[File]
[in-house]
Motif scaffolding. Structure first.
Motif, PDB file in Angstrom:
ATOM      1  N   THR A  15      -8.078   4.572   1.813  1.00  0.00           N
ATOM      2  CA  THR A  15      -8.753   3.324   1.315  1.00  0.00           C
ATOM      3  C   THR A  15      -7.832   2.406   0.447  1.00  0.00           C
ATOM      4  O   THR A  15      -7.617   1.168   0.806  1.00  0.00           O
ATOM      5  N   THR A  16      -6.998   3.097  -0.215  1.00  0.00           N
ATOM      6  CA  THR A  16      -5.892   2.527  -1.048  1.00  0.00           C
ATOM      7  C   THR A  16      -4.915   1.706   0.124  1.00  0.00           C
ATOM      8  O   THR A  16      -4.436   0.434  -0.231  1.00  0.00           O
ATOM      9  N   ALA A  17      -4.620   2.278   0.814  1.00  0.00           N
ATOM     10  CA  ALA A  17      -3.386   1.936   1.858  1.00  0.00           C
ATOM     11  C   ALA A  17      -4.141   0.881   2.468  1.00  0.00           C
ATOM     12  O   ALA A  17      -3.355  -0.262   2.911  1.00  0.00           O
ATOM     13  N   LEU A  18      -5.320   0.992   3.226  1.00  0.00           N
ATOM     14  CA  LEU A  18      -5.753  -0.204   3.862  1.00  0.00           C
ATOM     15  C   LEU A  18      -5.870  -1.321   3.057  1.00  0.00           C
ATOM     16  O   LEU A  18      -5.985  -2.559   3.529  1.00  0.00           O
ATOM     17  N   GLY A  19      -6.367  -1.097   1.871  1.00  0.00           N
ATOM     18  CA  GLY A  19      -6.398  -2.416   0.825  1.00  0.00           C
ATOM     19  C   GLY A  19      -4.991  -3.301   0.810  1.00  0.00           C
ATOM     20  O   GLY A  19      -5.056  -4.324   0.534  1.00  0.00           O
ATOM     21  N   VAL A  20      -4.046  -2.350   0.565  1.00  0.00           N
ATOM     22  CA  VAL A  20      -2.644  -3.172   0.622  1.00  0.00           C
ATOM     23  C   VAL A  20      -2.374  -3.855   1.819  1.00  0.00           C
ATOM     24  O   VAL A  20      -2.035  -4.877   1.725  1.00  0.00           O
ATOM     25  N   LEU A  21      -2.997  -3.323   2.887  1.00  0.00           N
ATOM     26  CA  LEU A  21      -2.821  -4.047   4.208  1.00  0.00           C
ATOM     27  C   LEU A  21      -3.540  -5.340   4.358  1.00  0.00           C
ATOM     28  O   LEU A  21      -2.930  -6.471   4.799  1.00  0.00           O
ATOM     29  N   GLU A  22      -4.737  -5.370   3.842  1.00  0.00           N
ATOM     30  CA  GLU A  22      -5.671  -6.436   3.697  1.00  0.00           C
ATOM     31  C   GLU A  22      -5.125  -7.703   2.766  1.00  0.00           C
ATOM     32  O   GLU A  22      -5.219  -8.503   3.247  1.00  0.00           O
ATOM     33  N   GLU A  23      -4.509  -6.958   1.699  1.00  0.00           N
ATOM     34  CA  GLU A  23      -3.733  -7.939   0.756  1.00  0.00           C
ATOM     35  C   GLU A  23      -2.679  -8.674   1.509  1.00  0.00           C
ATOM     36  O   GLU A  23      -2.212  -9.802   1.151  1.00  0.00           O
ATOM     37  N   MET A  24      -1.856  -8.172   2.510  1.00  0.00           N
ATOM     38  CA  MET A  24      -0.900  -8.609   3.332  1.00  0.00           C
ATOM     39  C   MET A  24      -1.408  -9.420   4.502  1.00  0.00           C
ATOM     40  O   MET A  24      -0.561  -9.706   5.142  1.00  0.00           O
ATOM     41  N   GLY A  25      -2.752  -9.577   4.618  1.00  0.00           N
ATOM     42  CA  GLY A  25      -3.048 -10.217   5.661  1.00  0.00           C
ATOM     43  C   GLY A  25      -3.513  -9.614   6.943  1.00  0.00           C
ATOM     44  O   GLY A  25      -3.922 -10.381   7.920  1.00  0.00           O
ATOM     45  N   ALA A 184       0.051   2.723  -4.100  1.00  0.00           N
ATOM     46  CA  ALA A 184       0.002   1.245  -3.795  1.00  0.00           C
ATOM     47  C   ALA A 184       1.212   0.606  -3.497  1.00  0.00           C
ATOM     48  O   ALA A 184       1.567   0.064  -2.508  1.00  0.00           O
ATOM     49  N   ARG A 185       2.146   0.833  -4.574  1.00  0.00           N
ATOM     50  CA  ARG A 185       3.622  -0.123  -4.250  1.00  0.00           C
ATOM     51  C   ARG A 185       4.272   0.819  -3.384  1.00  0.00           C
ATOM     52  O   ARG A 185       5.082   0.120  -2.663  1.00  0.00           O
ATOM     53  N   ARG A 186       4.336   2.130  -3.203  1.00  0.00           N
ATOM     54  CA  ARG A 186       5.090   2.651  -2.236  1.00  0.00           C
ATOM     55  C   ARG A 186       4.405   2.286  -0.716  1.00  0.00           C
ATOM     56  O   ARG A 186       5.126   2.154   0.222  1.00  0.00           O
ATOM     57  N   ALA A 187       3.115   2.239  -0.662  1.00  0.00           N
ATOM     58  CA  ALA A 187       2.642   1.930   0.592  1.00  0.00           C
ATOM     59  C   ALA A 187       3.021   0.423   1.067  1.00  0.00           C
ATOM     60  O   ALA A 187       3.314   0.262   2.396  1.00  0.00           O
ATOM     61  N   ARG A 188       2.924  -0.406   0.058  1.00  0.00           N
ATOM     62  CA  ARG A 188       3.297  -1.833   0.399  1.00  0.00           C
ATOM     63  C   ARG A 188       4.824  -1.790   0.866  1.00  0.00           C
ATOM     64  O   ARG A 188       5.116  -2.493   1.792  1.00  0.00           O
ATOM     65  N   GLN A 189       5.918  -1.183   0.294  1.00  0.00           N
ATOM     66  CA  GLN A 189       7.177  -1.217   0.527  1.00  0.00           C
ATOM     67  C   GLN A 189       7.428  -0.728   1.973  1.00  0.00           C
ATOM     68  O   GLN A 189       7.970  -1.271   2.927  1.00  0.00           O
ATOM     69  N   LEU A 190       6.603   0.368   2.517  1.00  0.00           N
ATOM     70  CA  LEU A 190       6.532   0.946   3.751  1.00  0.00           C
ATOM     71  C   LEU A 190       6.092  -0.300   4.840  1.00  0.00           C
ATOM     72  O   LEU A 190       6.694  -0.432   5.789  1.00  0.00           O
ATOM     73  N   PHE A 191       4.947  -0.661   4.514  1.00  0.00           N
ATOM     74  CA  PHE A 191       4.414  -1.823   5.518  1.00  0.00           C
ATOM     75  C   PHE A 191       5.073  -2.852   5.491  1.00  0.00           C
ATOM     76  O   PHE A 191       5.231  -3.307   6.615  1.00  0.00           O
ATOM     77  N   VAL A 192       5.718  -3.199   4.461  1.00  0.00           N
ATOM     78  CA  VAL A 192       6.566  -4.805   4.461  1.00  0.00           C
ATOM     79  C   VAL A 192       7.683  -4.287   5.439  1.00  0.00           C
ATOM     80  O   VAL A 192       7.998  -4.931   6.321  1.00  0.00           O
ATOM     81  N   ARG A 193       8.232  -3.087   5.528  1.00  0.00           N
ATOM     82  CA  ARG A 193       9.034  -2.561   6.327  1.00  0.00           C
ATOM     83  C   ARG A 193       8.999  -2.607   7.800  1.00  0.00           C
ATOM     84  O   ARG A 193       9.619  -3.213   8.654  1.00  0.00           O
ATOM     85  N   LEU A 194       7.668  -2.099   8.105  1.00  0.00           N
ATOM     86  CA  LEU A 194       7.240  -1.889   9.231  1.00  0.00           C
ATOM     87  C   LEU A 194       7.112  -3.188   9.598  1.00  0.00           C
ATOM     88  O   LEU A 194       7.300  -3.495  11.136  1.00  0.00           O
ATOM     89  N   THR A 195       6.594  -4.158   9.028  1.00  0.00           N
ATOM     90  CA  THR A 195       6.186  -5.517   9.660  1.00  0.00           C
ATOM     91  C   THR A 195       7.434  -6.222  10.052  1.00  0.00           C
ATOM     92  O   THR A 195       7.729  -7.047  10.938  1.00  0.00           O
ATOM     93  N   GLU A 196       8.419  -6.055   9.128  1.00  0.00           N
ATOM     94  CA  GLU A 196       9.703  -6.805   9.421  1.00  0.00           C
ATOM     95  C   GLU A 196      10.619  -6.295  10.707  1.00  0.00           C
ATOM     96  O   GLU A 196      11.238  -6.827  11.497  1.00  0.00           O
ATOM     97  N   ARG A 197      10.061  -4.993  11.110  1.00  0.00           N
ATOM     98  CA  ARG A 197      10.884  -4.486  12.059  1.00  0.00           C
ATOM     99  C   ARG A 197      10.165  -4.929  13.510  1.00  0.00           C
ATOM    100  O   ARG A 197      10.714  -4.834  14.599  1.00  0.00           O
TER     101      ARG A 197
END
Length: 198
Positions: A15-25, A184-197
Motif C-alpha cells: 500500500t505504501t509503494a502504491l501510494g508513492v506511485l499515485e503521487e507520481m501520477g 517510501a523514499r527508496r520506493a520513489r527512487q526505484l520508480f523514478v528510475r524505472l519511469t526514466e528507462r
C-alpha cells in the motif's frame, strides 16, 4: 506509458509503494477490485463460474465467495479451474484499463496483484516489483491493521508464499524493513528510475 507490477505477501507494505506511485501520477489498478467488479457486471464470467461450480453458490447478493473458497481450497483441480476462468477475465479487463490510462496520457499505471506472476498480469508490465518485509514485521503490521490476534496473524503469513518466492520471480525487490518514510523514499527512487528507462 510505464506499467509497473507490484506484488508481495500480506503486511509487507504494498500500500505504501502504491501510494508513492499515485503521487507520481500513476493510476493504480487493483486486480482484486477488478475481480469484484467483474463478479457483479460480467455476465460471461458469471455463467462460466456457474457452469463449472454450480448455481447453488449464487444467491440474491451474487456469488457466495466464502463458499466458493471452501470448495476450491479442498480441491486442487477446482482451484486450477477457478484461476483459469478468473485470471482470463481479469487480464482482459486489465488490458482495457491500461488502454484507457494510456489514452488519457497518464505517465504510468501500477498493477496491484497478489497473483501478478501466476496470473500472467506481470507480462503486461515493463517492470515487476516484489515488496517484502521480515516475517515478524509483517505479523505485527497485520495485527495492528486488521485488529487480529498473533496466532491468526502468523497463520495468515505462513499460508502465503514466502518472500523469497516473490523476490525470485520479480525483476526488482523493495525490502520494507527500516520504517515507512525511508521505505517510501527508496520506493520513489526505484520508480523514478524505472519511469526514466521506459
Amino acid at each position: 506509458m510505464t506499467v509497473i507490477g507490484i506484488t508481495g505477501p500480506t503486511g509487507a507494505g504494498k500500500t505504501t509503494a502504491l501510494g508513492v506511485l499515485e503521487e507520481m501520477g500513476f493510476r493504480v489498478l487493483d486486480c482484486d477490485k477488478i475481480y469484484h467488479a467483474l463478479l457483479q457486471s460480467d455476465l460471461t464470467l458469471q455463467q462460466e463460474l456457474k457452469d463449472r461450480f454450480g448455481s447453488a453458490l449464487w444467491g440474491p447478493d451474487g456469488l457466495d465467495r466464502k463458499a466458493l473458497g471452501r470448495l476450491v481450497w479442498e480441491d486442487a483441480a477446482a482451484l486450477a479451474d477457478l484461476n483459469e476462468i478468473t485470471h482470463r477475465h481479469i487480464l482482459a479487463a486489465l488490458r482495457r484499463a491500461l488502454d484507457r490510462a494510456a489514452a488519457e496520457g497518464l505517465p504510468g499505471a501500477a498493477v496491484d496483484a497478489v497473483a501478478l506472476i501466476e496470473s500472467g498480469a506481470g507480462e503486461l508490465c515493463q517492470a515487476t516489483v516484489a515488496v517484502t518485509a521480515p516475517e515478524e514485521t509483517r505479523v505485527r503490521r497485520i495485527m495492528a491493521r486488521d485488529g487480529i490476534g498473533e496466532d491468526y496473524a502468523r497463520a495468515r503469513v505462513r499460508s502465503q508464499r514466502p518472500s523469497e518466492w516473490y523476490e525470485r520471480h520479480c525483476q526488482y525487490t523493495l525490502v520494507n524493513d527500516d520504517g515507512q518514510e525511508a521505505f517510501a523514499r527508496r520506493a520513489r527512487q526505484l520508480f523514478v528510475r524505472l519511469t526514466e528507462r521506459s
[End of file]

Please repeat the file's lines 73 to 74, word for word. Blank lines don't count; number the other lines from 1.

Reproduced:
ATOM     70  CA  LEU A 190       6.532   0.946   3.751  1.00  0.00           C
ATOM     71  C   LEU A 190       6.092  -0.300   4.840  1.00  0.00           C